While high protein increased calorie intake with a low-fat and low-carb diet, it lowered it with a diet of ultra-processed foods. It's unclear what such results mean; honestly, it might be noise in the data or being affected by confounders. However, the fact that protein intake does not always affect satiety is not new.

Protein’s effect on satiety might be context-dependent, such as having a low protein intake. Some have argued that humans may prioritize the consumption of protein over other macronutrients until protein needs are met, called the protein leverage hypothesis (Bekelman et al., 2017; Simpsons & Raubenheimer, 2005).

A meta-analysis by Ravn et al. (2013), using 5 studies of meal-test with 111 participants, concluded that protein content does not lead to appetite suppression in meals when protein is around ~15% of energy intake or so. In this way, a typical maintenance of around 15 calories per lb would translate to 0.56g/lb.

That value lines up well with the minimum protein required for health. While the RDA is 0.36g/lb, Layman (2009) has convincingly argued that this is too low based on available evidence, and 0.54g/lb is a good target. Right now, it looks like it’s not clear yet if high protein intake has a significant effect on satiety compared to a sufficient/moderate intake. Hopefully more research will settle this point in the near future.

What's behind our overeating 

Returning to the original study, the results are consistent with previous research and what we know about energy intake and weight gain. Eating rate, energy density, and hyper-palatable foods all contribute to increased energy intake, making it harder to lose weight. And the obesity epidemic is greatly influenced by these factors, which have intensified in the modern world.

Sitting down for a meal undisturbed is increasingly uncommon, likely affecting our eating rate, with TVs or smartphones being a useful distraction during our meals. Yong et al. (2021) found that during 1 week, 85% of subjects used their smartphones when eating at least once, and they used it on average in 1/3 of all meals.

Finally, energy density and hyper-palatable foods are often interconnected, and it’s an unavoidable byproduct of increasing food processing and the reduction of home cooking. Although, of course, obesity is a complex phenomenon, and many other factors play a role, such as sedentary lifestyles, lower cost of food, increased food availability and convenience, and mental health problems.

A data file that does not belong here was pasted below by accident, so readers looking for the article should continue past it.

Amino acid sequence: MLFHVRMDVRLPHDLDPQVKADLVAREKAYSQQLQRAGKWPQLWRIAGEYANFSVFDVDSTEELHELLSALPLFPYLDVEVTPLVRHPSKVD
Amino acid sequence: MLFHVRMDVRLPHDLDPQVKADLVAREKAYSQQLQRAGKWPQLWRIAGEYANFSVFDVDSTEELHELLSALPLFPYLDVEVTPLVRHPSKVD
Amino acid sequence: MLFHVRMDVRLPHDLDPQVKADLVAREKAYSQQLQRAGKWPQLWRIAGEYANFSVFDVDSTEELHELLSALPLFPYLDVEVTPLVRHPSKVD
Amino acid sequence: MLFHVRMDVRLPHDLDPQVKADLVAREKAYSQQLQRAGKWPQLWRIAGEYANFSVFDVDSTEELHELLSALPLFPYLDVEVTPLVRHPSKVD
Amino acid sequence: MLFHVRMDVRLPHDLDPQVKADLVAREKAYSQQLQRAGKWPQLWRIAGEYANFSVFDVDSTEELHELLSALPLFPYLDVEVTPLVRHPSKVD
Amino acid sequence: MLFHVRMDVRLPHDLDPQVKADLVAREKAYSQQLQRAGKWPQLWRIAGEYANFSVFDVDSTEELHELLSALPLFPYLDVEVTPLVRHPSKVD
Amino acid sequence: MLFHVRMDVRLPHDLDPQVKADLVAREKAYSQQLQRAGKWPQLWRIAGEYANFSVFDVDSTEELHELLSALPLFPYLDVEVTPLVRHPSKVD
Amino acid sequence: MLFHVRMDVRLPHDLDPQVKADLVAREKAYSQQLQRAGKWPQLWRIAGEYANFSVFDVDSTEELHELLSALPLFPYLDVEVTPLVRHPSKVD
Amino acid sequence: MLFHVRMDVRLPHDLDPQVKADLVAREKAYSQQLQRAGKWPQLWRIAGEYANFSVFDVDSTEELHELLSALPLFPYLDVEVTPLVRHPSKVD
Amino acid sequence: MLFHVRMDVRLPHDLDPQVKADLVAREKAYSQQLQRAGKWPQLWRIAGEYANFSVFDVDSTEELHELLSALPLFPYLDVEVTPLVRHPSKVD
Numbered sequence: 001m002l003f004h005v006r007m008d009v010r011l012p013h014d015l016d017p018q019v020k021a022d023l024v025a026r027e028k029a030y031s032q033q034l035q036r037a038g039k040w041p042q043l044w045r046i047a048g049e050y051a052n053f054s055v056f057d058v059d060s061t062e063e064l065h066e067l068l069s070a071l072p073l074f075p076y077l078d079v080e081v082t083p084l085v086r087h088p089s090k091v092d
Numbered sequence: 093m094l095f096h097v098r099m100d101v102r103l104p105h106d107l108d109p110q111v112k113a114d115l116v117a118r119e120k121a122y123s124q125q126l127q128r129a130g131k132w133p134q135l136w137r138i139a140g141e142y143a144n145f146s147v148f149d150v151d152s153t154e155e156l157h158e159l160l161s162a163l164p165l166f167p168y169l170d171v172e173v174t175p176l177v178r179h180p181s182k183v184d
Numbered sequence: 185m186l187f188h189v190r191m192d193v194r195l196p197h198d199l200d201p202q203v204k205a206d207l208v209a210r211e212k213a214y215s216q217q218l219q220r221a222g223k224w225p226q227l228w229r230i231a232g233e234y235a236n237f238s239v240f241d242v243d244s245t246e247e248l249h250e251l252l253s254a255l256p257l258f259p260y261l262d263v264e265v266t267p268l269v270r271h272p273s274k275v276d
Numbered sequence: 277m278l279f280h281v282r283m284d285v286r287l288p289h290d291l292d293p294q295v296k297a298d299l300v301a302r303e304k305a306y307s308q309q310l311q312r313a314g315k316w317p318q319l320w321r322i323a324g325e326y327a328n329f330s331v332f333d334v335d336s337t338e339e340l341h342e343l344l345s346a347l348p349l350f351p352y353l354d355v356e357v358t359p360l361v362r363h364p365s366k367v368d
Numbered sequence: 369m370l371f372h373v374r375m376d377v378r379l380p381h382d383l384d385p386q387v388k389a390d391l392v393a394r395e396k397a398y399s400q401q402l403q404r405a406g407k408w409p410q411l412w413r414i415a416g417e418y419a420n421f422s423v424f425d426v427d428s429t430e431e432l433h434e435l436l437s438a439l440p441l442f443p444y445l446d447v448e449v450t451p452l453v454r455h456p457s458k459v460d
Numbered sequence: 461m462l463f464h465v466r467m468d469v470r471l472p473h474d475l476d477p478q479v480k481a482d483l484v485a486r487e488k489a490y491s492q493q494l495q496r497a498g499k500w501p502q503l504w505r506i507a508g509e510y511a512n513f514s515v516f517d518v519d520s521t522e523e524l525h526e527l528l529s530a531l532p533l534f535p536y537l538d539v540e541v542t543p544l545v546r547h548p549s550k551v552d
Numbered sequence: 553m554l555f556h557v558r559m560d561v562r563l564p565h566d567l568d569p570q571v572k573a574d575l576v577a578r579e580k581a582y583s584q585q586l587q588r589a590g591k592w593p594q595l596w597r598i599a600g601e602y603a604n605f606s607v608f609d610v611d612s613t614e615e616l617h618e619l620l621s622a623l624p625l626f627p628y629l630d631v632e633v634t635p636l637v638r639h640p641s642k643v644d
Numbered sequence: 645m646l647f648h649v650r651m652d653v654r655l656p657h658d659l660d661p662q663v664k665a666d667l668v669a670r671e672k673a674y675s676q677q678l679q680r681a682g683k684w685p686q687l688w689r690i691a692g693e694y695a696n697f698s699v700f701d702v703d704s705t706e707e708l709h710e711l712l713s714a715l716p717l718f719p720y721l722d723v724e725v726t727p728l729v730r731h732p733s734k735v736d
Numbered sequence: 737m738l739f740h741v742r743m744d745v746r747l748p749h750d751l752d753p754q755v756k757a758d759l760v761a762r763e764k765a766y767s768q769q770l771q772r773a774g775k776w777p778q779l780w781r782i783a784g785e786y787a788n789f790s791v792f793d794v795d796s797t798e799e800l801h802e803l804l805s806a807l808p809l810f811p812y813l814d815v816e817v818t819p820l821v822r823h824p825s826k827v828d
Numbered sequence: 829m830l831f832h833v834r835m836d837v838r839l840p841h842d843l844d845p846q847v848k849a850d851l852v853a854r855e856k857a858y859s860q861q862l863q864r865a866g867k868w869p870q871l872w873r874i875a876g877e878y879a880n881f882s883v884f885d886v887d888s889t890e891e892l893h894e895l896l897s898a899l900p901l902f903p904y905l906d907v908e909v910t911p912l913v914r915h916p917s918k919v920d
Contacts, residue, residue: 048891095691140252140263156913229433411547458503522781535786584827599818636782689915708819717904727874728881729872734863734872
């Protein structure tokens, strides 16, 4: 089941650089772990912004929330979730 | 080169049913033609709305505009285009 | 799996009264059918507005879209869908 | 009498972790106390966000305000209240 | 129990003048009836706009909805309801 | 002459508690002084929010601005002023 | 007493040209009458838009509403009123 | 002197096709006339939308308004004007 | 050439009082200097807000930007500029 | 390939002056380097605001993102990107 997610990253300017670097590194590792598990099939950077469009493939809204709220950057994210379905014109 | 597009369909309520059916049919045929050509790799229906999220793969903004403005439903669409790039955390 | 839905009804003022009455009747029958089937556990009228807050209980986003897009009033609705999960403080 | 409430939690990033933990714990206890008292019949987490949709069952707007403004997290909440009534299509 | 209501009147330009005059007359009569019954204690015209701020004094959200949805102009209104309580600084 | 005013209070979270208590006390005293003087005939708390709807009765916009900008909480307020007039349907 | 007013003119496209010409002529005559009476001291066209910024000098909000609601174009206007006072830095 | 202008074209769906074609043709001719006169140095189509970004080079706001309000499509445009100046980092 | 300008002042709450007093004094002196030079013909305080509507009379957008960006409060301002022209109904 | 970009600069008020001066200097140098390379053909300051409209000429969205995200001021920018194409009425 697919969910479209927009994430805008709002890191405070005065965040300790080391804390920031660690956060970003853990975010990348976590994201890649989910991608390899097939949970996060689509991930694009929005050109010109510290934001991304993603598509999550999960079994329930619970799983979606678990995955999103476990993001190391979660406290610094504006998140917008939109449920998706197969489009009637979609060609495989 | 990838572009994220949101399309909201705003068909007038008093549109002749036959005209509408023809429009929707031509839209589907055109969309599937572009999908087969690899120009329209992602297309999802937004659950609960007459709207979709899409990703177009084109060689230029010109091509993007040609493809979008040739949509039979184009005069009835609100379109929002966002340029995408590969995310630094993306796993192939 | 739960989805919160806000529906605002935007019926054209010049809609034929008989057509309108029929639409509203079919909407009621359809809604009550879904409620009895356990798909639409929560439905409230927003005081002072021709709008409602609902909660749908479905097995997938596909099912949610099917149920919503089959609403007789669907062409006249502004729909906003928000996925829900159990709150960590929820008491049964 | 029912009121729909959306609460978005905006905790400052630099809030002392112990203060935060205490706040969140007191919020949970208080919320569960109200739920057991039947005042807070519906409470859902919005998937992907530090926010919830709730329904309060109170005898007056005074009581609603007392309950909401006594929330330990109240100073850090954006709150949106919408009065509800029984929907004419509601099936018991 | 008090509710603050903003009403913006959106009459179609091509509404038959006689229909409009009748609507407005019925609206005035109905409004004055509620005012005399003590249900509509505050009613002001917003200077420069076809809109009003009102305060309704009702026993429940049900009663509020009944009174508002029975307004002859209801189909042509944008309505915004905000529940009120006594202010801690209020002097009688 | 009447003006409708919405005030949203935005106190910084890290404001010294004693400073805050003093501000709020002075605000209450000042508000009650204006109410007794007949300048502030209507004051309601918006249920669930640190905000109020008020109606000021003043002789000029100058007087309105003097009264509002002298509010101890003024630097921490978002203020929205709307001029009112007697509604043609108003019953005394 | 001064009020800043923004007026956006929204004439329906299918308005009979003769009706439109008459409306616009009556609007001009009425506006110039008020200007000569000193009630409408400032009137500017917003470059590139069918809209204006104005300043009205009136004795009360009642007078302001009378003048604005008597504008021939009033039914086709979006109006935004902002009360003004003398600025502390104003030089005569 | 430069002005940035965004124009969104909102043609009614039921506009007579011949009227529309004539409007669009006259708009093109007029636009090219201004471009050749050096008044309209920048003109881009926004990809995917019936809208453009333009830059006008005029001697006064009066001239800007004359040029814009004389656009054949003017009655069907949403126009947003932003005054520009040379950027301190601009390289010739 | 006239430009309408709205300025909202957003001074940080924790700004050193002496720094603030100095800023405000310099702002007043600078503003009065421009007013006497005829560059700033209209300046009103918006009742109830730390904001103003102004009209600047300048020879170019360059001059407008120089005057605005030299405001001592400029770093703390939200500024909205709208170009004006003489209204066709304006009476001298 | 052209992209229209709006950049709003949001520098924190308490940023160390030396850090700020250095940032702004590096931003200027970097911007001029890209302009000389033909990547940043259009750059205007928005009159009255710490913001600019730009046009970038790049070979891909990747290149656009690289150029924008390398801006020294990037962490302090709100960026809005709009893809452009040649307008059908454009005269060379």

What to do about it? 

This study and others like it can be insightful if you want to lose weight. The ideal goal is to reduce one's intake without having to force by pure restriction alone. Therefore, if you want to make weight loss easier, focus on the following:

  • Focus on eating slower. Don't rush it. Be mindful of each bite, don't be distracted by electronics, and pay attention to satiety cues.
  • Eat more foods that are low in calorie density. Not saying you can't have some delicious peanut butter! But if you want to lose weight, having a high amount of low-calorie foods like vegetables is a great idea.
  • Avoid hyper-palatable foods. Such foods will likely lead to caloric overconsumption. If you can fit it into your macros, there's nothing wrong with some delicious french fries or ice cream. But it might be best not to make it a daily occurrence. Many find it hard to eat it in moderation, end up hungrier due to their caloric density, crave even more of that food, and find common healthy foods less appetizing.

Following these recommendations will pay dividends in your fat loss journey and overall better health. If you want a more structured plan with more specific guidance besides these recommendations, check out our RP Diet App. It's like a Nutrition Coach in your pocket - it tells you exactly what to eat and when! You can download it at